Although major military operations concluded in late 2017, the humanitarian crisis in Iraq is far from over. The toll of four years of intensive combat on Iraq’s civilian population has been enormous. Of the almost 6 million people displaced since the rise of ISIL in 2014, some 2.6 million remain displaced at the beginning of 2018.
Humanitarian operations in Iraq are now entering a new phase, however. As many as two million displaced Iraqis may return to their homes during 2018. Although major efforts are being made by the Government of Iraq and Kurdistan Regional Government to incentivize and facilitate returns, many vulnerable families are unable to return without assistance, and ethnic tension and significant explosive hazard contamination is preventing returns in some locations. The humanitarian community continues to advocate against forced, premature, or obstructed returns.
Consequently, many people in Iraq remain displaced and in need, and vulnerable people still require assistance, even when they return home. Every effort is made to ensure services continue in camps and in areas with high concentrations of vulnerable people. Protection services remain paramount. Without these services, families may be unable to return home, or risk doing so in unsustainable conditions. To align humanitarian response with sustainable support, the humanitarian community gives high priority to ensuring that vulnerable people can access the Government’s social protection floor.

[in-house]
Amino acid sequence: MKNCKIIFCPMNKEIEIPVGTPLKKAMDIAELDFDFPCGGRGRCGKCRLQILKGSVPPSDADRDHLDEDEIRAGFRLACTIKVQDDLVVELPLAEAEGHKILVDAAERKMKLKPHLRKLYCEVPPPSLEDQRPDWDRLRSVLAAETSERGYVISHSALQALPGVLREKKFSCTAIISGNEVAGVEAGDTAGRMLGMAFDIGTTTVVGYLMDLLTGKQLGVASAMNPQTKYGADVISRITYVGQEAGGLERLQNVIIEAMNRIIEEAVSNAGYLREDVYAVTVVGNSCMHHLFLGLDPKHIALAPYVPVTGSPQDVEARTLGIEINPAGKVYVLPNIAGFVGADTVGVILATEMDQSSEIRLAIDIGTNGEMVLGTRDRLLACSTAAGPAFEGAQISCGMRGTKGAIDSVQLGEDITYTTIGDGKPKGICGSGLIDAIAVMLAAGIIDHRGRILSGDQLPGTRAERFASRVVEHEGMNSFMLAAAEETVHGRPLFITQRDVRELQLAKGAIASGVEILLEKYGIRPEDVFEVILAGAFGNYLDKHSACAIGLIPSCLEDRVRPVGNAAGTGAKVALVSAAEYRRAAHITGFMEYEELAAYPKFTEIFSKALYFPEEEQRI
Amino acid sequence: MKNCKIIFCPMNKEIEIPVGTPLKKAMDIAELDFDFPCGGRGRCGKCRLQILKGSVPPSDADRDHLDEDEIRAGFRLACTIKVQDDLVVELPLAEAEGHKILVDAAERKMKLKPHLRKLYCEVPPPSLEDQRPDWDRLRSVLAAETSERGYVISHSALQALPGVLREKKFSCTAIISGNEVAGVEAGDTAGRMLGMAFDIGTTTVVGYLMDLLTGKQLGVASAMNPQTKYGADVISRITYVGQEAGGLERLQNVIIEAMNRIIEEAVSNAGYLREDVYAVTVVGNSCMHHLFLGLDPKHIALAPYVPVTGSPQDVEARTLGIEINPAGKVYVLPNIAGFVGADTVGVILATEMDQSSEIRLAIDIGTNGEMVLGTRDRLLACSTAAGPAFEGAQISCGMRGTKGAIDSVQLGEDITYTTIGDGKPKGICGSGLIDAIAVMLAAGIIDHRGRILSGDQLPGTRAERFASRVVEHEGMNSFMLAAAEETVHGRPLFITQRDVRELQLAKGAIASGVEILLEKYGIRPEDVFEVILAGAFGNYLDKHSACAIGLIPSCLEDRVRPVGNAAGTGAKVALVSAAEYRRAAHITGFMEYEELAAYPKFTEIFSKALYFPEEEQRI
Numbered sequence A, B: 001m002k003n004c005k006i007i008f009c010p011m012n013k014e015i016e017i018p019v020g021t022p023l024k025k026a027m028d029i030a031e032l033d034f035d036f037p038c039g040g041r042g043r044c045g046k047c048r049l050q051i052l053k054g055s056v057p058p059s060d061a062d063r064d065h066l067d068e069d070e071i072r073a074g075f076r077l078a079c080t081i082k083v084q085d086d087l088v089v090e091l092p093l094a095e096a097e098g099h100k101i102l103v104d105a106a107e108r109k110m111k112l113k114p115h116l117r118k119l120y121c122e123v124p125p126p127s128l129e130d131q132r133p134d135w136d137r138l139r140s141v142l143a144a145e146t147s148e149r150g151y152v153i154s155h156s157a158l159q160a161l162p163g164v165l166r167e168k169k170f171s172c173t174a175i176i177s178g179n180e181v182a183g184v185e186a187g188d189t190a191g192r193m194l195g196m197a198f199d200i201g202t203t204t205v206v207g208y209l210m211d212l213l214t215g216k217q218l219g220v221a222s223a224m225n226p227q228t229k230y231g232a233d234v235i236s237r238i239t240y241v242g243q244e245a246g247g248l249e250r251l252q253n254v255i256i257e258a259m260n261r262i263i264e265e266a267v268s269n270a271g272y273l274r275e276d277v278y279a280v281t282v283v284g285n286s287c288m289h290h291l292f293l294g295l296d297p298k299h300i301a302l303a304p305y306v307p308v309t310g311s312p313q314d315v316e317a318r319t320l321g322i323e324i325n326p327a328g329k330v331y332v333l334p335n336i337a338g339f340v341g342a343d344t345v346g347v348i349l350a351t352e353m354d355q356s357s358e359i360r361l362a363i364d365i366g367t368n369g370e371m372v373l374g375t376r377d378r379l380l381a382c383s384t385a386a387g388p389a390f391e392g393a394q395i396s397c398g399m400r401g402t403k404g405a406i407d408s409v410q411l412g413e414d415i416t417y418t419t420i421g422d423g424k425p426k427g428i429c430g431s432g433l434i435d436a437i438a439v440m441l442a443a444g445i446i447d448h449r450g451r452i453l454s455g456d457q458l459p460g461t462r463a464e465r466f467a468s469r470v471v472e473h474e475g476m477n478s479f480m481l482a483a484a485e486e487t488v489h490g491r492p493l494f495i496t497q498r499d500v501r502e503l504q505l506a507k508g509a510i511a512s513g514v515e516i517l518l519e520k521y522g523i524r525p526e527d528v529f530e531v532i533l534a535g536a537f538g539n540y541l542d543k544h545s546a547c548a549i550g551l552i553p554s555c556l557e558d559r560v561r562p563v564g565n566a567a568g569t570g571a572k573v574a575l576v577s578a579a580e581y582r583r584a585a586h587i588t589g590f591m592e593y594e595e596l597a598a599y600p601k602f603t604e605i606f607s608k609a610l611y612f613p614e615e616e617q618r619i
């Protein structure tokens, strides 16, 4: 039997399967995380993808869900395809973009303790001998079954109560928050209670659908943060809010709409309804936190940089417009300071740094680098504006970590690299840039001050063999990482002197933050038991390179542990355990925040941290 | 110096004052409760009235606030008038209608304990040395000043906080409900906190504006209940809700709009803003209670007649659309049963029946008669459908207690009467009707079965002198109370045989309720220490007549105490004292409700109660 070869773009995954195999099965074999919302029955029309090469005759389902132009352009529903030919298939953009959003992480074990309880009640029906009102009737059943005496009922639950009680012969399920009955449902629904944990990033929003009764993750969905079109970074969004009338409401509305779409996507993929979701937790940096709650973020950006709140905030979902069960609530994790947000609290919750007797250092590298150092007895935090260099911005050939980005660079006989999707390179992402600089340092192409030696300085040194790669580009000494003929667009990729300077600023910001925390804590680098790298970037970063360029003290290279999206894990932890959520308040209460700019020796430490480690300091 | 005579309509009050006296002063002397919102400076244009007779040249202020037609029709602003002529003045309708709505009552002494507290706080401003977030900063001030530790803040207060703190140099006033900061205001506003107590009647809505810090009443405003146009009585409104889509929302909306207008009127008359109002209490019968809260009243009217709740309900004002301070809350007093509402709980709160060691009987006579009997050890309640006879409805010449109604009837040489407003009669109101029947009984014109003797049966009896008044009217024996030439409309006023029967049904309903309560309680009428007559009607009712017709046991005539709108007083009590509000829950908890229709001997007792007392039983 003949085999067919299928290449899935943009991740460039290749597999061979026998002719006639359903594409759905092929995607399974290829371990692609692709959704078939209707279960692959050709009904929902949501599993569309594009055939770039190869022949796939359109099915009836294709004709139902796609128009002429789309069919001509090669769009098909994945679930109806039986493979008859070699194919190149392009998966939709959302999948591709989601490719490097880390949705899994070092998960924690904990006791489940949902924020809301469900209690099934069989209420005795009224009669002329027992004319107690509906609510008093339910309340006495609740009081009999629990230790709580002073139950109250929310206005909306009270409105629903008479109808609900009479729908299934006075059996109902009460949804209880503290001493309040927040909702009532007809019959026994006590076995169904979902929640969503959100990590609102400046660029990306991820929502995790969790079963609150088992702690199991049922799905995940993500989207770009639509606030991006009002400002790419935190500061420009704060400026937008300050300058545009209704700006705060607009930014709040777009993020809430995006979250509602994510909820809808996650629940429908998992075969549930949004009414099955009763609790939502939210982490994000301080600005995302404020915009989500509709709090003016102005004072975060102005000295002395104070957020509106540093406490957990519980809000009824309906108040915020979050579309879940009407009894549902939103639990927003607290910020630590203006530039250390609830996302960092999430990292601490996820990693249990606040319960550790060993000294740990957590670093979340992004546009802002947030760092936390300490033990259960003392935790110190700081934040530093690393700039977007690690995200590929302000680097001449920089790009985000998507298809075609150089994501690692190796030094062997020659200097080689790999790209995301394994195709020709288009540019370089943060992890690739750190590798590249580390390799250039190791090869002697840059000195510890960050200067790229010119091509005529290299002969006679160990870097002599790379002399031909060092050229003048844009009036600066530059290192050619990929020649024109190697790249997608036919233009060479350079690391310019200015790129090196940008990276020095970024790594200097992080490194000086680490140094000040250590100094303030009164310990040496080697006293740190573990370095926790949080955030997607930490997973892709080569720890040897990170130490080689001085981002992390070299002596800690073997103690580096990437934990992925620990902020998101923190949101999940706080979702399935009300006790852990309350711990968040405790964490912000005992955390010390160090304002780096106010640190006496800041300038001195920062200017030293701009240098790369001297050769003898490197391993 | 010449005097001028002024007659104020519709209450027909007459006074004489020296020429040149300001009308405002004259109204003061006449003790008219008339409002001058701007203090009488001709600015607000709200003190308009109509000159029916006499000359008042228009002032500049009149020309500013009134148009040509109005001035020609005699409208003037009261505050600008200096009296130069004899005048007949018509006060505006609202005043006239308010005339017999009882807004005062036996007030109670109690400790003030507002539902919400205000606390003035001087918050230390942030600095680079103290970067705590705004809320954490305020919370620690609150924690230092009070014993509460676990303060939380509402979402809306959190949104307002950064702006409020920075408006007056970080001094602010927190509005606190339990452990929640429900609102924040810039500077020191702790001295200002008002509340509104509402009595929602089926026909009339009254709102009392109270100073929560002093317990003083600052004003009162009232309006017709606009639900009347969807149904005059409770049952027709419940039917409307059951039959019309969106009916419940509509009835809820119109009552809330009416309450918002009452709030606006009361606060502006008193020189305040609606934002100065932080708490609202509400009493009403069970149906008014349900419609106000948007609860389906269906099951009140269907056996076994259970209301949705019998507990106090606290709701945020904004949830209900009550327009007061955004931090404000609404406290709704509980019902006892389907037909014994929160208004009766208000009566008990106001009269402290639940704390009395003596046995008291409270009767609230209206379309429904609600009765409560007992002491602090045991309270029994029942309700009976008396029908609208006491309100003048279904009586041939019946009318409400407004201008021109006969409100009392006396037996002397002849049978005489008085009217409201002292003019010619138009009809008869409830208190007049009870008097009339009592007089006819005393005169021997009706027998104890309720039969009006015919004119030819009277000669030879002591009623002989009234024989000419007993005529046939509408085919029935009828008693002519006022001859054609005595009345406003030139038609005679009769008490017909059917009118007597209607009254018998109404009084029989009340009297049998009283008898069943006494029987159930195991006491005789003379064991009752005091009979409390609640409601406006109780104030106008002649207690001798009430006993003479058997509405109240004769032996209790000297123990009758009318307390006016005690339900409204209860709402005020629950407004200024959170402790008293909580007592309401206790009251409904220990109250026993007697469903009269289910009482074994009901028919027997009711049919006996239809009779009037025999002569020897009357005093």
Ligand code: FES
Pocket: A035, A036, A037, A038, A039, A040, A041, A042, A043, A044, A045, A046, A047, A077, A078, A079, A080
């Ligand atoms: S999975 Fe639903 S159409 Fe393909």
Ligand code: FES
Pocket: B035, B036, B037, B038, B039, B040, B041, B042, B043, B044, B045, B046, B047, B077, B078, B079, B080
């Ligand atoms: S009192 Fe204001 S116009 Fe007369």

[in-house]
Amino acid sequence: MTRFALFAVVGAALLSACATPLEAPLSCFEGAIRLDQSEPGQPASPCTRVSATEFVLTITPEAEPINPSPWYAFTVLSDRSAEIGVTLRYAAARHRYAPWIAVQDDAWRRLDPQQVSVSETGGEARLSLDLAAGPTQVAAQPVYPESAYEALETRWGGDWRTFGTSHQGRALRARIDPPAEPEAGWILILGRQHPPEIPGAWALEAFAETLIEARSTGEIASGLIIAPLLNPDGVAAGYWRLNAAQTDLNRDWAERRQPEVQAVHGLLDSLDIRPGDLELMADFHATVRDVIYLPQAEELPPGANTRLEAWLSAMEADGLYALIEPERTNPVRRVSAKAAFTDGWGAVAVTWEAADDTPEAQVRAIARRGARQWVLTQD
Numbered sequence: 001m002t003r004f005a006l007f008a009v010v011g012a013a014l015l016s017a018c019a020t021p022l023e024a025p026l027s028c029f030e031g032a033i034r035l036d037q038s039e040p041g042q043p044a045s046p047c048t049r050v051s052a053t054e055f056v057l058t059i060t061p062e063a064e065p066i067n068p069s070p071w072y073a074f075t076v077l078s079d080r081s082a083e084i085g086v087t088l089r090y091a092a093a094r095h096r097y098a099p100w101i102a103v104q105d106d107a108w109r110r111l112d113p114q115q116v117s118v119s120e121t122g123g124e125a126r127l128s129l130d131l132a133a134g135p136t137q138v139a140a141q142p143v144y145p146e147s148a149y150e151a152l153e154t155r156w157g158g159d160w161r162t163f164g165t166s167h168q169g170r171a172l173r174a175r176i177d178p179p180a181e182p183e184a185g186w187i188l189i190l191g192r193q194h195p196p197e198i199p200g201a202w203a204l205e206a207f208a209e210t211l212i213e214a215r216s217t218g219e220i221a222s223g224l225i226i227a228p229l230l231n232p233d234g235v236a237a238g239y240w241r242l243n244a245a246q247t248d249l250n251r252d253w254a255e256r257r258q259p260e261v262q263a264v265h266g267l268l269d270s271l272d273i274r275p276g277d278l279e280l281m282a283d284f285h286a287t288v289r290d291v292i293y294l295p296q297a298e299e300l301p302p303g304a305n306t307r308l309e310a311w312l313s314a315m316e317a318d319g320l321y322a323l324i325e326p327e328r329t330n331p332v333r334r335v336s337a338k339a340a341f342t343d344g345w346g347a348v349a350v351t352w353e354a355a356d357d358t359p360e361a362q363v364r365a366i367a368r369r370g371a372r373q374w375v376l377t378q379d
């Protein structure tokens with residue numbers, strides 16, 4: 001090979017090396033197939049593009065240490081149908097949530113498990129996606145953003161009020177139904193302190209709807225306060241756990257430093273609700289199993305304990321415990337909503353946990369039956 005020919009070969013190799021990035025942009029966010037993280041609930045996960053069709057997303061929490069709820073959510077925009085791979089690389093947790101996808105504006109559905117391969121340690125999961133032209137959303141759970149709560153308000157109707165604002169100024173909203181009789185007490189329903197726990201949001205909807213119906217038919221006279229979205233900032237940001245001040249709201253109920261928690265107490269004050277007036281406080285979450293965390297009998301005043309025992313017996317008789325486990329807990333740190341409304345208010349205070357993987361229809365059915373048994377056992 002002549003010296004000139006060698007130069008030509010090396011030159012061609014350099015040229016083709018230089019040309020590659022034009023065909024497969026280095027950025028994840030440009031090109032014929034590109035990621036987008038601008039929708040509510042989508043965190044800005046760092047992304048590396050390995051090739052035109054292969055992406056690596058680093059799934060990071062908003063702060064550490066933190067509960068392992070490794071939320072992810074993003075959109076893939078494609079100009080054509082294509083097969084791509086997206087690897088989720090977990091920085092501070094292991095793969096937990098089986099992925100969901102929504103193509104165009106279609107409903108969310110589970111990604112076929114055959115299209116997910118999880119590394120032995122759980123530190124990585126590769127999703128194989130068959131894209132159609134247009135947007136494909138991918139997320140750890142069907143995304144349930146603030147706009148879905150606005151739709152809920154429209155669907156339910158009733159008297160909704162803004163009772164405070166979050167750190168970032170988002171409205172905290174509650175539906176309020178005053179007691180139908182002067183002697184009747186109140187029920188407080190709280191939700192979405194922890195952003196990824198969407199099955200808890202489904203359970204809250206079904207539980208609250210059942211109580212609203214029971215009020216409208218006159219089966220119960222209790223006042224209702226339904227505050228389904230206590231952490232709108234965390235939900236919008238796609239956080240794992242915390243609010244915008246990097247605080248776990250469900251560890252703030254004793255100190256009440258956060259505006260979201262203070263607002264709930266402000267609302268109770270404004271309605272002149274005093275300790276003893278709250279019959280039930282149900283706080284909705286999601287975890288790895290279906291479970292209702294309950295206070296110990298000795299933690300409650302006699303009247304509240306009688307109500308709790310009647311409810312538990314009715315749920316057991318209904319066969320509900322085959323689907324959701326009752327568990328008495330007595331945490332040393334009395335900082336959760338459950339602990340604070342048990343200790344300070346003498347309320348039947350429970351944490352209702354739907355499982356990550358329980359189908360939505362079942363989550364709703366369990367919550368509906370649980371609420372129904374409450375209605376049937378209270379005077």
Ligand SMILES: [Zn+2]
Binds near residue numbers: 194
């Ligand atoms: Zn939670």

Despite the end of major anti-ISIL operations, multiple, unpredictable volatile dynamics are expected to continue throughout 2018. Asymmetric attacks cannot be ruled out, particularly in areas where ISIL retains local support, and other sources of instability may emerge. Supporting humanitarian operations in Iraq therefore remains vital. Many lives were saved during the humanitarian response to the Mosul emergency, and throughout the past four years of active conflict. Many families are now rebuilding from the ruins and must be supported in this transition. Failure to do so may risk losing many of the gains that have been made.